Last fall, President Barack Obama outlined a goal to welcome 10,000 Syrian refugees to the United States, where about 2,200 have been placed in the last four years. Members of Congress, including many Democrats, quickly moved to do whatever they could to create impediments to the plan. While Obama urged compassion for the fleeing Syrians, Congress acted in accordance with the feelings of their constituents who feared an influx of refugees from a Muslim country could harbor radicals intent on doing harm to our nation and way of life.
In short order, Alabama Gov. Robert Bentley announced that the state would not accept Syrian refugees, despite a missive from the White House saying states did not have that option, and that failure to accept refugees would violate the Civil Rights Act of 1965, and that there would be repercussions for states refusing refugees.
However, it appears that’s not the only law that could come into play in the matter. In January, Bentley filed suit against the federal government on behalf of Alabama, saying the federal government had not complied with the Refugee Act of 1980, which “specifically requires the federal government to consult with the state regarding the placement of refugees before those refugees are placed within its borders.”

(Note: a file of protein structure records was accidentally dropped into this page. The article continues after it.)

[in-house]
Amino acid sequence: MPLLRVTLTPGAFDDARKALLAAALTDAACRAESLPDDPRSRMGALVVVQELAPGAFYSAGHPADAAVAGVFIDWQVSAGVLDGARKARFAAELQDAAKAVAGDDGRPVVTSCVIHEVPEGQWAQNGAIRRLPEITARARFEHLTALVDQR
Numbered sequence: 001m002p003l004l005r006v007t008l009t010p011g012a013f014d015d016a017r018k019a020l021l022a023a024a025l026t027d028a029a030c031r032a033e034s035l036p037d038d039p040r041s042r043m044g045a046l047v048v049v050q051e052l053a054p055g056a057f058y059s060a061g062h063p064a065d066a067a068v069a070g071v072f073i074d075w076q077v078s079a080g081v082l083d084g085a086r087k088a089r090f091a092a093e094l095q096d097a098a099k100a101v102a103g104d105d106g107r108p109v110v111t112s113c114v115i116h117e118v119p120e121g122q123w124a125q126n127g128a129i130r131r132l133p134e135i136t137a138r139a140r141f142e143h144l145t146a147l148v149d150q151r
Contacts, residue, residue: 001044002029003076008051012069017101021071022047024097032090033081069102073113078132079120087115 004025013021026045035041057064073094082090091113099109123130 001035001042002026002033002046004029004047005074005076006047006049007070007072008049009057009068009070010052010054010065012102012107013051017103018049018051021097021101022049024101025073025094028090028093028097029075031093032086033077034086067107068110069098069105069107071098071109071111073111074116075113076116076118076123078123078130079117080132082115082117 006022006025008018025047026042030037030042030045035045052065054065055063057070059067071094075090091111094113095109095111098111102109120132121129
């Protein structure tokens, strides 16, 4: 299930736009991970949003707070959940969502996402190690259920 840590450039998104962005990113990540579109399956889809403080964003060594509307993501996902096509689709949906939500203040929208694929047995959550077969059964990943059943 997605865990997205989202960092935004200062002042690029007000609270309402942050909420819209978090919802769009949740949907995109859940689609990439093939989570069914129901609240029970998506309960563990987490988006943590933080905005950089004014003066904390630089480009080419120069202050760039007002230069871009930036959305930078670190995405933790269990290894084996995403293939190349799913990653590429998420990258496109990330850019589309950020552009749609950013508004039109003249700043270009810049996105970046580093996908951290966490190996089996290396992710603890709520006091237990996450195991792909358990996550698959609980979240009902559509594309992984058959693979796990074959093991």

“That consultation with Alabama has not occurred,” Bentley stated.
Enterprise Ledger – Are the Eighties really over for good?
Nancy Reagan’s death on Sunday had me reminiscing about the Eighties all day, I guess because that’s when her husband, Ronald, was leading the country, and for all practical purposes, the world – “Mr. Gorbachev, tear down this wall!”
Yes, we had the space shuttle “Challenger” disaster, the worst recession since the Great Depression, and a handful of scandals during his time in office, but he also knocked “the evil empire” Soviet Union to its knees during his time at the Oval Office. All in all, he was among the most popular presidents in the 20th century.
Originally a Democrat, Reagan eventually registered as a Republican (1962) although he had voted for Republican Dwight Eisenhower as president a decade earlier. Elected as U.S. President in November 1980, Reagan booted Jimmy Carter back to Plains, Georgia, following his four-year term.
Ronald’s wife, Nancy, seemed to be a first-class First Lady until we learned that she was an avid Horoscope follower and often made decisions based on such readings. That brought a collective, “hmmm,” from most of us.
TimesDaily – Lawmakers meddling in education again
Stumped on how to manage their core responsibilities with a General Fund that is inadequate to maintain even minimal services, Alabama legislators increasingly are figuring out novel ways to spend money from the Education Trust Fund. Years ago they exceeded all reasonable limits on how to apply ETF money to expenditures only tangentially related to education, so now they are focusing their efforts on revamping the state’s education system.